Identified by Charles Olsen (1910-1970) as open field writing, this is a difficult form to master. The style replaces poems' traditional meter and structure with a more dynamic and reactionary form. As it is written, the poem takes the shape it needs as dictated by the subject matter. Each line of the poem enhances the overall meaning and contains the idea of utterance. Each line of the poem only contains enough information in what can be spoken in one breath of speech. This forces the poet to carefully consider the diction used and manipulate the poetic form to adhere to this guideline.

Black Mountain Poets Timeline

The Black Mountain Poets found a central location at Black Mountain College, which used its progressive curriculum and instruction design to educate the whole person by focusing on the arts and artistic expression as central to an understanding of the self and the world. Black Mountain College began in 1933. It was run by a collection of academics who had been unhappy with their current institution and felt the curriculum stifling. They welcomed a renewed form of education that put the student, and their creativity, at the center of knowledge and exploration. It focused on collaborative education, experiential learning, and the idea that education should be for the betterment of society and democracy. While open, it welcomed many influential writers, artists, and musicians. Notable visitors included Albert Einstein (1879-1955), Aldous Huxley (1894-1963), Langston Hughes (1902-1967), Anni Albers (1899-1994), and Zora Neal Hurston (1891-1960).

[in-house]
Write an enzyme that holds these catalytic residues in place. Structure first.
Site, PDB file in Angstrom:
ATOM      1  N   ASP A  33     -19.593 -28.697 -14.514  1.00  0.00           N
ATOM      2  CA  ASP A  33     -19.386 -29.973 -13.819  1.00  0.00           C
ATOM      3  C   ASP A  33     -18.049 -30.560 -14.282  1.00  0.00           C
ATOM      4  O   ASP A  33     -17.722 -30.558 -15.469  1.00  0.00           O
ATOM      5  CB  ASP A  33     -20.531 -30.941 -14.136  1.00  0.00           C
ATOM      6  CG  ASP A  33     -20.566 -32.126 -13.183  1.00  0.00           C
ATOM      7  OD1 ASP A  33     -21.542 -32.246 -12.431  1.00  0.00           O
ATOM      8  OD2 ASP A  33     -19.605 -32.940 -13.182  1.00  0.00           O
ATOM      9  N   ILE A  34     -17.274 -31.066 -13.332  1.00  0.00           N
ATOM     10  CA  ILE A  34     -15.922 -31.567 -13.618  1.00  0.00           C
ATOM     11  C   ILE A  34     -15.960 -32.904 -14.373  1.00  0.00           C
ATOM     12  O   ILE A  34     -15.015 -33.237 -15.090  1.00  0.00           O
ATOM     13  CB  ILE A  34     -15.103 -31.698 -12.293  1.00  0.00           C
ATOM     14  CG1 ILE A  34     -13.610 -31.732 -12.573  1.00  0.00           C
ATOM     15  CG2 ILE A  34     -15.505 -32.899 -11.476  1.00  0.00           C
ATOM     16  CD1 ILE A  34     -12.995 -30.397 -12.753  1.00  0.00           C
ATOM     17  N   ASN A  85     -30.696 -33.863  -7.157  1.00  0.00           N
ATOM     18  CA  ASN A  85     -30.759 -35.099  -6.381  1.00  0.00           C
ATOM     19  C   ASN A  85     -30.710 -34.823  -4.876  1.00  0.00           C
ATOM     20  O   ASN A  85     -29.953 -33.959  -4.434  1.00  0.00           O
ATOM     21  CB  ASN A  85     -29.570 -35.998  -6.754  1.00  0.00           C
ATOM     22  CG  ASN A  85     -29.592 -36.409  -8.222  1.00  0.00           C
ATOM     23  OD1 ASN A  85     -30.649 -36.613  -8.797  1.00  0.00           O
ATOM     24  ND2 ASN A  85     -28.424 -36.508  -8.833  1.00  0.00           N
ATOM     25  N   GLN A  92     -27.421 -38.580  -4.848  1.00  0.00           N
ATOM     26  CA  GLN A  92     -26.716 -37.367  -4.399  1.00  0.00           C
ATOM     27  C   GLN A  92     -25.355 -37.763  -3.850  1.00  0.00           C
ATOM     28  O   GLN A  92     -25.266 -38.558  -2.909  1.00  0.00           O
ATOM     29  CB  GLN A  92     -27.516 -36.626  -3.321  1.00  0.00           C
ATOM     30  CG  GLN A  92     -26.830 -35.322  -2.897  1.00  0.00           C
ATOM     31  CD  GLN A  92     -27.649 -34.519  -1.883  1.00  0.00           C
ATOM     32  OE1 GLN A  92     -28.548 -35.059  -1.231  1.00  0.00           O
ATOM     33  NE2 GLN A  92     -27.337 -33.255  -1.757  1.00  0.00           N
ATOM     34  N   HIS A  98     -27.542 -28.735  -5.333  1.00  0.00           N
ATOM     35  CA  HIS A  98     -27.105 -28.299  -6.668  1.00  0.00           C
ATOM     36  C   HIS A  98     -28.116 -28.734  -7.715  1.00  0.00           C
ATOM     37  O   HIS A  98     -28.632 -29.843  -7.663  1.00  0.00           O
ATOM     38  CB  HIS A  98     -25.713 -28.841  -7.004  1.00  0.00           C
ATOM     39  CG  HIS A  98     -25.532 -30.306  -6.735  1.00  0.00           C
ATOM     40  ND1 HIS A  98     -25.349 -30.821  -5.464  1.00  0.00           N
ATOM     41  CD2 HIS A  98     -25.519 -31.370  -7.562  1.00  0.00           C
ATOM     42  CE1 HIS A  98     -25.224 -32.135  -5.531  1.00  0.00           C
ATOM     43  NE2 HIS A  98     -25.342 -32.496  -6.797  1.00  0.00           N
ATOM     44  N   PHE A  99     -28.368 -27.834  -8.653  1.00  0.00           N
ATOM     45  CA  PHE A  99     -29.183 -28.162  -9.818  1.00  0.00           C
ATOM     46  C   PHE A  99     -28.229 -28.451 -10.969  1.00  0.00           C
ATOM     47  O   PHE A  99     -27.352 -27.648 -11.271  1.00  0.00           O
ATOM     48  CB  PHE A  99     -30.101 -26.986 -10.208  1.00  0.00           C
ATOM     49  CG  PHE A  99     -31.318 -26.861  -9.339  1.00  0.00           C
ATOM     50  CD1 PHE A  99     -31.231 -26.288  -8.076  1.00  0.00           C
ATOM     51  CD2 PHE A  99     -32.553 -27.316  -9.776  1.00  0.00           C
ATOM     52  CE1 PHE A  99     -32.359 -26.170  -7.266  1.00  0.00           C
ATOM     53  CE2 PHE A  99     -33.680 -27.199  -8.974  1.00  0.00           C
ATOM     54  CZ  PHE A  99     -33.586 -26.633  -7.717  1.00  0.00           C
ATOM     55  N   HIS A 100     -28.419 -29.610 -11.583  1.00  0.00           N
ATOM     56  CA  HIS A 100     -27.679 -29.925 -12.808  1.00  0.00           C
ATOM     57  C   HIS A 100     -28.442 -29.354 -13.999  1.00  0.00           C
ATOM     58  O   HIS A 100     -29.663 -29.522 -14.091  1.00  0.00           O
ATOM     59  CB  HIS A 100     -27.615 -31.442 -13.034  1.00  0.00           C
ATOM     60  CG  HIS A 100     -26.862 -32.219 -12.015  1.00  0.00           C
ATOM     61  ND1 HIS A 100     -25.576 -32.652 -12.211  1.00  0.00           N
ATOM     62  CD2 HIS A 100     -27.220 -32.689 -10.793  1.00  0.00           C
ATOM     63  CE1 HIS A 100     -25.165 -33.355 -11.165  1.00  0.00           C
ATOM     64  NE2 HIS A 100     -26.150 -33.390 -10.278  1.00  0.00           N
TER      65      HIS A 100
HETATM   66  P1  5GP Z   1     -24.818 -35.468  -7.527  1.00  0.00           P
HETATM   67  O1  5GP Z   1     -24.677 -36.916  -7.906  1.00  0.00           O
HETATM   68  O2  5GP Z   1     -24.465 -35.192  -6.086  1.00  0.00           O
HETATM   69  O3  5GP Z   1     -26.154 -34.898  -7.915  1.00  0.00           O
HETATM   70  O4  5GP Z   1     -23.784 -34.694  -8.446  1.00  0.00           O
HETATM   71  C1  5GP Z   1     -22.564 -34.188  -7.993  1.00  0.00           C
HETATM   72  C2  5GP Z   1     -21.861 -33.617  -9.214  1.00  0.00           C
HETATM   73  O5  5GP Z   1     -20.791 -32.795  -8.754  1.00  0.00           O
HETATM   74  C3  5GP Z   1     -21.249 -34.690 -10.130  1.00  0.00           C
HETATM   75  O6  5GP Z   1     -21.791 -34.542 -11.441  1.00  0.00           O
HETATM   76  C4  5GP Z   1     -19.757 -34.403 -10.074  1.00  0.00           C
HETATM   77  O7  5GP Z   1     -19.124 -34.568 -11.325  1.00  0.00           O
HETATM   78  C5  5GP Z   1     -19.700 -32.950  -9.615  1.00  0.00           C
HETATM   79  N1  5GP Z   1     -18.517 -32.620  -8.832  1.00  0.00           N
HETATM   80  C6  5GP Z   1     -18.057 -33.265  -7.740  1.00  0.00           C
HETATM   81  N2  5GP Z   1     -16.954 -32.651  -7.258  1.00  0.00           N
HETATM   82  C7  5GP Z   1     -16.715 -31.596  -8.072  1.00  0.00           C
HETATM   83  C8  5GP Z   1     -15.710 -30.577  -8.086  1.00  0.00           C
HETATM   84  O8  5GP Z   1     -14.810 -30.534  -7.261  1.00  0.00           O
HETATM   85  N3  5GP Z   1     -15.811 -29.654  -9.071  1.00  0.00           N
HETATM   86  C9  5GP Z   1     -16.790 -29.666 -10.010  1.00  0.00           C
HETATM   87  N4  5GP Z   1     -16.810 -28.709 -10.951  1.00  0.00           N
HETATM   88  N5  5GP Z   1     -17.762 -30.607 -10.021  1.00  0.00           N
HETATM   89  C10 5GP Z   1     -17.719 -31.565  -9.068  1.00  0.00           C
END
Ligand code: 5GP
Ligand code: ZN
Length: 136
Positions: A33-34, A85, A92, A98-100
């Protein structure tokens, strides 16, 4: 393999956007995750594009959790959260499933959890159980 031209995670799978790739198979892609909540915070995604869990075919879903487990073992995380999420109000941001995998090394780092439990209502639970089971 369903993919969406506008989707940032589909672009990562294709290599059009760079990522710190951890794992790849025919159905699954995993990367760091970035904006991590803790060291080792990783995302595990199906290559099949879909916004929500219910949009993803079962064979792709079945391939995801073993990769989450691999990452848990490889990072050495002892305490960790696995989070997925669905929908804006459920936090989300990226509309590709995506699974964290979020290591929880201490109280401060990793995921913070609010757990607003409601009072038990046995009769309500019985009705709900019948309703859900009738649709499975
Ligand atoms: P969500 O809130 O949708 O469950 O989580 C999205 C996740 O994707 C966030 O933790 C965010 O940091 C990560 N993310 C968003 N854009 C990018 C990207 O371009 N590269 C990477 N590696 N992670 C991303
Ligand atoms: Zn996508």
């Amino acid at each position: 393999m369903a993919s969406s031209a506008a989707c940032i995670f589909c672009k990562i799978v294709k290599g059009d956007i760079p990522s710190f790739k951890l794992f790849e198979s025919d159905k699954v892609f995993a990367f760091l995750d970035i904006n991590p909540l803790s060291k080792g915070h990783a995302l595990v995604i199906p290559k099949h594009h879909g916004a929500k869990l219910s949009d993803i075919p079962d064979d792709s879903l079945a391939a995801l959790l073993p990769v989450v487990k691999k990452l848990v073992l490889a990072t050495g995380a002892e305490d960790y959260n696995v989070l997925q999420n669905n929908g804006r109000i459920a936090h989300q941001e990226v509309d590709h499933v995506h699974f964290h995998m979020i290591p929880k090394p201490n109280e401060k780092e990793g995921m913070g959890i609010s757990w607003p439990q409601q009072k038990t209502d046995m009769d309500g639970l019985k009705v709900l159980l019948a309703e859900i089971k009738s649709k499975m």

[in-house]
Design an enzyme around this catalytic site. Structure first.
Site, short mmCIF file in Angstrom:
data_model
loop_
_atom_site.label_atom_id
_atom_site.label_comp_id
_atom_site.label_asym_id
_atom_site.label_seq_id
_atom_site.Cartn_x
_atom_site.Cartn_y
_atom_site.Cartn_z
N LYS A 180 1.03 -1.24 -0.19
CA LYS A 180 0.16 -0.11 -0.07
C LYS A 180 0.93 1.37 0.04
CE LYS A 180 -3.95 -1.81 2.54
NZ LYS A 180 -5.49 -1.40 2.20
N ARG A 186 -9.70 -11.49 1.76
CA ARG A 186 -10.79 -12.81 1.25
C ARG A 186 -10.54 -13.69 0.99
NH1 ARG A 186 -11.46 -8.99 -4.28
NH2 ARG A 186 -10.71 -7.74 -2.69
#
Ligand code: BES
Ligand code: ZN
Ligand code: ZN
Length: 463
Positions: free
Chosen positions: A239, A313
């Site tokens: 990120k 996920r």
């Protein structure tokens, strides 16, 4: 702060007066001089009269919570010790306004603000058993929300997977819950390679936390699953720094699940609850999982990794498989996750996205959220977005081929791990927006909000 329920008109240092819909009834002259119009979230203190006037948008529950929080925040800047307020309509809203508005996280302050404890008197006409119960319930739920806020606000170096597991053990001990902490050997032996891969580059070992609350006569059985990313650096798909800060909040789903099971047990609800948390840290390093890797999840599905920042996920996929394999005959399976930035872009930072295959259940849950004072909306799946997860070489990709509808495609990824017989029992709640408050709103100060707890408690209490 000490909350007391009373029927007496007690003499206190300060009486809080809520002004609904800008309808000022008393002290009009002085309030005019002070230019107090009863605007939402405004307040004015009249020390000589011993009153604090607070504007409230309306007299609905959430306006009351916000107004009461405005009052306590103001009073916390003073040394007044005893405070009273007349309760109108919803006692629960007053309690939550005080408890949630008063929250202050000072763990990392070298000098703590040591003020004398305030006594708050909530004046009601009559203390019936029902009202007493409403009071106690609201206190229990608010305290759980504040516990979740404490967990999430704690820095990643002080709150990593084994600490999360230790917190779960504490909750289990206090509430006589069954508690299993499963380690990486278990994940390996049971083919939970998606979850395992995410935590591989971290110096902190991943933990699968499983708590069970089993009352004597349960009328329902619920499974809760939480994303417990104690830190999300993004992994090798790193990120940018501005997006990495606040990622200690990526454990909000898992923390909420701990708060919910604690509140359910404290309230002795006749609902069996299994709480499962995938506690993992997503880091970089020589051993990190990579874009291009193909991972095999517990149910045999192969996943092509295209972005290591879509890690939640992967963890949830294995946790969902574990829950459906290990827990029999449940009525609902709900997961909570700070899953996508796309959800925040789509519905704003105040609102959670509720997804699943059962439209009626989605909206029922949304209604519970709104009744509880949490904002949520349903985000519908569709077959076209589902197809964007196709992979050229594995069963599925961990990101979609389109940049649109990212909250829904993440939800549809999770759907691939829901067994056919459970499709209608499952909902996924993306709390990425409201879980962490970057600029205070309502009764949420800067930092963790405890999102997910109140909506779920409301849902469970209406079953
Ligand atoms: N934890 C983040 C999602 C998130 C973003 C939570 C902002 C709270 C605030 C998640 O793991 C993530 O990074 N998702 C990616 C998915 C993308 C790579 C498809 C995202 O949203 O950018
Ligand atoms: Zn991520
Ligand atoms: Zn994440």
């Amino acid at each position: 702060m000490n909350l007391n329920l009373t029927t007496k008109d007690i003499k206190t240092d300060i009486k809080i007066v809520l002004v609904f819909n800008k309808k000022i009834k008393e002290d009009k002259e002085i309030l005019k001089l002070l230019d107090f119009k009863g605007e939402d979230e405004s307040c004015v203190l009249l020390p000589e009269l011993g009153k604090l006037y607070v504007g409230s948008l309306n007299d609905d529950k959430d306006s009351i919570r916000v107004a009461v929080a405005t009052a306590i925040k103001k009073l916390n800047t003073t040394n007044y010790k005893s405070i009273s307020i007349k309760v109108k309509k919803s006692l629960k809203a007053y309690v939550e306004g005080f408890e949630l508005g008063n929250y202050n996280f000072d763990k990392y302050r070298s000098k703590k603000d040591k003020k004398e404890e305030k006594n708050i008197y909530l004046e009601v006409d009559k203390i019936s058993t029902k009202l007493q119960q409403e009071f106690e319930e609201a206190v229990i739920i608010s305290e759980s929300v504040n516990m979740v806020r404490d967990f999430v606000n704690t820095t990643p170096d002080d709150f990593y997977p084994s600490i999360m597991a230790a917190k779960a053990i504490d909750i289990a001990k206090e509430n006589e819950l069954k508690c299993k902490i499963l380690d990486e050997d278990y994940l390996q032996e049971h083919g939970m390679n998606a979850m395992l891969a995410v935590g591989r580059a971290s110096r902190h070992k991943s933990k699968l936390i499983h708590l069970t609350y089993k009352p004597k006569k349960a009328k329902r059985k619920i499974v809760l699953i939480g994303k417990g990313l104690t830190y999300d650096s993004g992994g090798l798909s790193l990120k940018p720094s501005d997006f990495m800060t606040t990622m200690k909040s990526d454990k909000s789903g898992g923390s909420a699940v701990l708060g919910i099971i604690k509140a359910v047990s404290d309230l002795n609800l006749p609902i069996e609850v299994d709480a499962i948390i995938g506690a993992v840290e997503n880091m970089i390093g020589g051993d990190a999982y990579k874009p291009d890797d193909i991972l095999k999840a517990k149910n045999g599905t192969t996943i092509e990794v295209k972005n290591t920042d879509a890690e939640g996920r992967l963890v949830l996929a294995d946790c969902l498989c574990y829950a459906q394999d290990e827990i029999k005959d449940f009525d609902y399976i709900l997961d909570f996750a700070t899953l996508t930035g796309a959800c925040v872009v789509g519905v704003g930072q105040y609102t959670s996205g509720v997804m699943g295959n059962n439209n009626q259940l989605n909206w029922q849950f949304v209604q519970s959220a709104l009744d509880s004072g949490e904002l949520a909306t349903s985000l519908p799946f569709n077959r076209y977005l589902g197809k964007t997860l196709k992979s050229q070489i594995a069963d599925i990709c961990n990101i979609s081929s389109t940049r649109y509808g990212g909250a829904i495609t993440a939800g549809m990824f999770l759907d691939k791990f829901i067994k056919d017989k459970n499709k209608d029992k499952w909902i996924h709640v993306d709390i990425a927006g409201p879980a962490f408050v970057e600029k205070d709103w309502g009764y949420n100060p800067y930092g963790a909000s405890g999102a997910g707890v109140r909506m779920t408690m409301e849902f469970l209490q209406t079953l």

In 1950, Charles Olson became a rector of Black Mountain College. Unhappy with the current journals, such as Origins, and their lack of crucial pieces, in 1954, Olson founded the Black Mountain Review. Along with his colleague Creely, Olson began the Black Mountain poets or progressive poets. To help their unique form and desire to keep each line a complete idea and full utterance, the group developed their own form of diction, often connected with the later Beat Generation of poets. Black Mountain College closed in 1956 due to a lack of funding, marking the end of the Black Mountain poets.

Black Mountain Poets' Characteristics